That the point came up in connection with Croesus and Solon only emphasized this aspect of the story. Solon, whom the Athenians would have accepted as King, instead imposed his legal code and left to let his law, not his ego, rule. And Croesus, after his encounter with Solon was brought low. Croesus had two sons, “one blasted by a natural defect, being deaf and dumb; the other, distinguished far above all his co-mates in every pursuit.” The latter insisted on being part of a hunting party sent out to relive the region of a wild boar’s ravages. Afraid for his son, Croesus insisted that Adrastus, whom Croesus had previously purified and thus cured of an affliction, be part of the hunting party. As Croesus explained to Adrastus, Adrastus should go to watch over Croesus’ son and “’if perchance you should be attacked upon the road by some band of daring robbers. Even apart from this, it were right for thee to go where thou mayest make thyself famous by noble deeds. They are the heritage of thy family, and thou too art so stalwart and strong.’"

When the party encountered the boar, Adrastus hurled his spear, which missed the boar but struck and killed Croesus’ son.
Soon after a period of intense grief, Croesus received intelligence of the rising power of the Persians under their king, Cyrus. Intent on cutting them down before they became too powerful, he sent messengers to the oracle at Delphi asking what he should do. The oracle answered that “if Croesus attacked the Persians, he would destroy a mighty empire.” And so he attacked the Persians, and was defeated, thereby bringing about the destruction of his own mighty empire.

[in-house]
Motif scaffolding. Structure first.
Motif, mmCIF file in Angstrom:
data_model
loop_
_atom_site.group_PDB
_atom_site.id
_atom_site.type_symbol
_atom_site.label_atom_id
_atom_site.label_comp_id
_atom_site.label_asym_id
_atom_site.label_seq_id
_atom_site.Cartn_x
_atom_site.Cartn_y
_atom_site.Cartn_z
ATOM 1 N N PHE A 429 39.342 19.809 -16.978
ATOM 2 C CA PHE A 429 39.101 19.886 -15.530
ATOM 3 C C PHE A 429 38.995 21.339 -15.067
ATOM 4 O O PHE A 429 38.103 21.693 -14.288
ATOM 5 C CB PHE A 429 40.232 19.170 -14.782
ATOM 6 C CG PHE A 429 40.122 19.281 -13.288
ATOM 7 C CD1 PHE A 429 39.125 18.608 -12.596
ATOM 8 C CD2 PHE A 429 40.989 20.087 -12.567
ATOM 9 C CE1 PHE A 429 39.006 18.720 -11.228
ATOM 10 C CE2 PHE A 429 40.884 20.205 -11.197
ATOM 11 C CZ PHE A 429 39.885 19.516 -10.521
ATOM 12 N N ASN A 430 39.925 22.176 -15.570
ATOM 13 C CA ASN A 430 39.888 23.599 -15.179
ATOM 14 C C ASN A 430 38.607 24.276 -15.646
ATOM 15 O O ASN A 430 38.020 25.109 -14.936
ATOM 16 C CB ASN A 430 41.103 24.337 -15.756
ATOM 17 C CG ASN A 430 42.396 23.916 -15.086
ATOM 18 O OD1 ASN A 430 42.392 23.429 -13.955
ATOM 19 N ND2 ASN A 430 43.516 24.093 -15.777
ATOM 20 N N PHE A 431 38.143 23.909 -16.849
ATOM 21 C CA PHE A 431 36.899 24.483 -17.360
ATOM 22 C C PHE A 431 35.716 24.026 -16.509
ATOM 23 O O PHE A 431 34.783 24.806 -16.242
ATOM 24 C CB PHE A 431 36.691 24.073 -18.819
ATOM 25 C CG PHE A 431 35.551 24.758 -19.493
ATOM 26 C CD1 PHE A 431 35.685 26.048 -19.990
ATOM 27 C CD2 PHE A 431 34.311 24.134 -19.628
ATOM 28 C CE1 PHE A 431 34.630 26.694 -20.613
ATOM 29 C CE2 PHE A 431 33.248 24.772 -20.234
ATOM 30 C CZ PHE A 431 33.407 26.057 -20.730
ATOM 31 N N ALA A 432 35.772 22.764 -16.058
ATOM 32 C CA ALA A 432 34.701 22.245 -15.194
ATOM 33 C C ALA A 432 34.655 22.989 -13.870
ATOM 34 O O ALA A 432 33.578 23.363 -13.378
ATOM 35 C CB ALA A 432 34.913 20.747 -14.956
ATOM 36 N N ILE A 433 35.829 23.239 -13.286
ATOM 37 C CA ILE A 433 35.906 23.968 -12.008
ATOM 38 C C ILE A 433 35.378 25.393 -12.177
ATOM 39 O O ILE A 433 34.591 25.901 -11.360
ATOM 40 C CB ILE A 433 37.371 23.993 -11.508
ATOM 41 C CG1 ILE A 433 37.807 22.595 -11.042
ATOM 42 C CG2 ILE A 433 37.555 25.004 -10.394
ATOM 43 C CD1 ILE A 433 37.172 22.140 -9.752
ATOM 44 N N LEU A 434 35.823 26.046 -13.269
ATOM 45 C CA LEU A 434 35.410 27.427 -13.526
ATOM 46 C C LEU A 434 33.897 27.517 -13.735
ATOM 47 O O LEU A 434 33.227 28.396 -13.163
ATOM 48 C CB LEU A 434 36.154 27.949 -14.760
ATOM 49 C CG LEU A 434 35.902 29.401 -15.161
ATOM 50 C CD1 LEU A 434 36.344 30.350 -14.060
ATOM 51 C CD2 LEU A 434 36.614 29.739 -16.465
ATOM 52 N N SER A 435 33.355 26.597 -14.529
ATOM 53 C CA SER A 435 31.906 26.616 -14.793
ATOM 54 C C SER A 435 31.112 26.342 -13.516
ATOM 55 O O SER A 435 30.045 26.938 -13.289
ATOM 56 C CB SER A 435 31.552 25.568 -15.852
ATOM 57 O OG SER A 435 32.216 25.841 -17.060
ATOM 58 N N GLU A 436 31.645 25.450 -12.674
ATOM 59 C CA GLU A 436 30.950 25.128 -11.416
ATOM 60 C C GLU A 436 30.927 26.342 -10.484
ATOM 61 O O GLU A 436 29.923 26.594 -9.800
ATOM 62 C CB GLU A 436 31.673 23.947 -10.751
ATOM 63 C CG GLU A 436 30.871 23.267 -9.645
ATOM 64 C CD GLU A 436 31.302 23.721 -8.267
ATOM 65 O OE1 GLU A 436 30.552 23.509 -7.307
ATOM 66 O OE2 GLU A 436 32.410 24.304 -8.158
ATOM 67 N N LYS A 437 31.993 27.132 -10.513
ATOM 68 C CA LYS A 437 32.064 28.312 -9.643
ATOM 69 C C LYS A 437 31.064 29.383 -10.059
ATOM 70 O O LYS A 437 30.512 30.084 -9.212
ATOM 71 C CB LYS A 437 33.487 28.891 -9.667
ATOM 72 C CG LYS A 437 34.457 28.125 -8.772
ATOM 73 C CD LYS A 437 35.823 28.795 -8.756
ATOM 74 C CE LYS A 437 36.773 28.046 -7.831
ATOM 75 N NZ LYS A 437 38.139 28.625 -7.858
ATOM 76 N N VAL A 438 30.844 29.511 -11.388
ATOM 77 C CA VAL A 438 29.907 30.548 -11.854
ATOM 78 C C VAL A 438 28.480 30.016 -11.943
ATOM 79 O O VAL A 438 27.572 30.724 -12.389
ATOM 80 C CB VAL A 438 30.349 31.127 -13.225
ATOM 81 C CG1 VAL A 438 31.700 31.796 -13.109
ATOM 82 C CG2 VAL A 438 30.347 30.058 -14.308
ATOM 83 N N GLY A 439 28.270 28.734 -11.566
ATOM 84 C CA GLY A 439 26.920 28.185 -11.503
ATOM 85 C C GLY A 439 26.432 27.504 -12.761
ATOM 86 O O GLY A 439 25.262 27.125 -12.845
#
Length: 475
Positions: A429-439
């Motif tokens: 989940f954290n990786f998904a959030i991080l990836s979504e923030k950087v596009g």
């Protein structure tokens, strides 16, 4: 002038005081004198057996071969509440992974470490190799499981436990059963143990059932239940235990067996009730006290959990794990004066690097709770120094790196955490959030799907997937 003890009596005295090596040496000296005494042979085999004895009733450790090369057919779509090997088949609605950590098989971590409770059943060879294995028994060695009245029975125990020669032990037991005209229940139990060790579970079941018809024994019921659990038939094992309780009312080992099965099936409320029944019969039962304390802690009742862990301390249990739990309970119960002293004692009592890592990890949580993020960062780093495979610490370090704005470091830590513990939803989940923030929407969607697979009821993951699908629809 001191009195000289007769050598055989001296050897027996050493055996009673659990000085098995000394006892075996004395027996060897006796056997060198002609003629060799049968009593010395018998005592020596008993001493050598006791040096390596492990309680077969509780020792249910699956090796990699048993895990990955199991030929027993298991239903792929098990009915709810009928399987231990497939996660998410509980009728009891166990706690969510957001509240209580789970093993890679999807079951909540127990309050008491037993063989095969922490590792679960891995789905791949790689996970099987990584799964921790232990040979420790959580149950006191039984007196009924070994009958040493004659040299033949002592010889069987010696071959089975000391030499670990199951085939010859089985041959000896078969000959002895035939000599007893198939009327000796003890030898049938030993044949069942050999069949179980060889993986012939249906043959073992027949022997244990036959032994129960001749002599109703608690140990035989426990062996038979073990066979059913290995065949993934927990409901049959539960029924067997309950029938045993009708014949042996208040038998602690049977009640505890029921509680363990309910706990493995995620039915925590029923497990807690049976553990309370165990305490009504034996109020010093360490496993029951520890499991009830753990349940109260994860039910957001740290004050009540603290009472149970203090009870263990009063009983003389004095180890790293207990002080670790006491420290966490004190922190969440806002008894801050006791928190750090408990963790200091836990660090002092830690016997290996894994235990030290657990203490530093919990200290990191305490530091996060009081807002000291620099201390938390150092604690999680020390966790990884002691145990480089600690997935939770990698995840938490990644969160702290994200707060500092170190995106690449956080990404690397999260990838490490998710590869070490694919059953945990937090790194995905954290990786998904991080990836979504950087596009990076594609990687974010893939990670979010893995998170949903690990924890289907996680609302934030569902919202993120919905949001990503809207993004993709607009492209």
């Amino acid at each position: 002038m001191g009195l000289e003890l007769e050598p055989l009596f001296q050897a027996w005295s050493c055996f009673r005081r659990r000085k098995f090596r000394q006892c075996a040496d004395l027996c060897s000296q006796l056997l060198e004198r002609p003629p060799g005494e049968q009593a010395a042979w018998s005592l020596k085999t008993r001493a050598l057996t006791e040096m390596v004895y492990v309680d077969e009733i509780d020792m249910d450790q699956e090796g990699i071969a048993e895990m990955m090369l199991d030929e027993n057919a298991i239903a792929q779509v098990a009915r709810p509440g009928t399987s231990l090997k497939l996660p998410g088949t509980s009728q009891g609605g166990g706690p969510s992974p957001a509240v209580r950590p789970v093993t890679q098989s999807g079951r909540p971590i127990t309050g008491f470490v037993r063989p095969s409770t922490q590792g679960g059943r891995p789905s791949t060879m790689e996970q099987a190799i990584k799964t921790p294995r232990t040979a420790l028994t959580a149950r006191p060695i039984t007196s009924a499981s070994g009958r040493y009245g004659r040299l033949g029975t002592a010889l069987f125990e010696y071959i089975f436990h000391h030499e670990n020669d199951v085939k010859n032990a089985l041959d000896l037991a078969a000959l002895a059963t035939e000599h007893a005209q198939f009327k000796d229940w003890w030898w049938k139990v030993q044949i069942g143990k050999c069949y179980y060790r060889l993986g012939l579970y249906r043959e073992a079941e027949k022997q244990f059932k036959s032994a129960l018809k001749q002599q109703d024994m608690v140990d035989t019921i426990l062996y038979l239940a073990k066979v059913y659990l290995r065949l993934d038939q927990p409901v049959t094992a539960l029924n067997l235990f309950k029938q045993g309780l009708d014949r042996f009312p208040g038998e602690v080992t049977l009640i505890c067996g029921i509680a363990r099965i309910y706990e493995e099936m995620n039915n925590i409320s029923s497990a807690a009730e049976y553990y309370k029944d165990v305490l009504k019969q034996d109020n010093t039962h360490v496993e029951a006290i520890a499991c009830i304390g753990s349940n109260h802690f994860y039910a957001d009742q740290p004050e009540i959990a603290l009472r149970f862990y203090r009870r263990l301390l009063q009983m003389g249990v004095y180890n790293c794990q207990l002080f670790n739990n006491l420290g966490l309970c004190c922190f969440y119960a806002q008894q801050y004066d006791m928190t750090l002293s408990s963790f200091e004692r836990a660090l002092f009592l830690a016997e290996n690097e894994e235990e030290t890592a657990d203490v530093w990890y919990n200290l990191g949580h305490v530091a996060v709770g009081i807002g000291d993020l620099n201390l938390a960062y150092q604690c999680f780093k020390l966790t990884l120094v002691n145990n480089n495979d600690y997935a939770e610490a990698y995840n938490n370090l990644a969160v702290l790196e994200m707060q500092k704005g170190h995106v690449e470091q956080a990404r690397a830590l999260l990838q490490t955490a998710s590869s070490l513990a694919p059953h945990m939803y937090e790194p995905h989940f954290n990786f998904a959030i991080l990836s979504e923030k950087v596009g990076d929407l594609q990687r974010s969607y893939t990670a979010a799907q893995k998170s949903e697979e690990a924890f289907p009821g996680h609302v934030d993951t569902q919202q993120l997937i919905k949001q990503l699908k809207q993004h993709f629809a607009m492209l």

Peter Friedman said...


The story is of particular importance to Herodotus because he wrote his work not long after the Greeks had miraculously defeated the Persians, by then the world’s lone superpower, the event that sparked the brief glory of Classical Athens and that forever since established the template of the world’s division into East and West. Herodotus’ message was, no doubt, intended in part as a moral lesson to the Athenians not to take excessive pride in their flowering success, a lesson that, of course, was in a very brief time ignored, bringing Athens to its fall only half a century later.

But as a lesson about death? What happiness for anyone lies in someone’s death at the peak of their success?

Just this past winter events convinced me there is none. A very good friend of mine with whom I practiced law in New York City for many years finally quit in the early Nineties, against the advice of virtually everyone, to pursue his dream of opening a restaurant. He became a fantastically successful restaurateur in NYC. He got married at age 48. At 49 his wife had their kid. On his 50th birthday last December he toasted everyone he had invited to home, explaining that he had everything he had ever wanted in life and that he wanted them all to know how grateful he was for it and to everyone there. That night at 4am his wife heard a thump. He had fallen out of bed and was lying on the floor next to it, dead.

There is no doubt his death highlighted to all who knew him well how extraordinary he was. Kind and generous without any guile to his friends and loved ones, and full of a vitality and enthusiasm that, on reflection, seemed remarkably free of egotism. But even if his death made us realize these things we always knew but perhaps hadn’t dwelled upon, it is impossible to believe that his death, exactly at the moment Solon would have deemed the one that would bring ultimate happiness, increased the world’s happiness in any way whatsoever.

Peter Friedman
Visiting Assistant Professor
University of Detroit Mercy Law School
Associate Professor, Legal Analysis & Writing
Case Western Reserve University Law School


Deven said...

Your artwork has been received at the Emily Harvey Gallery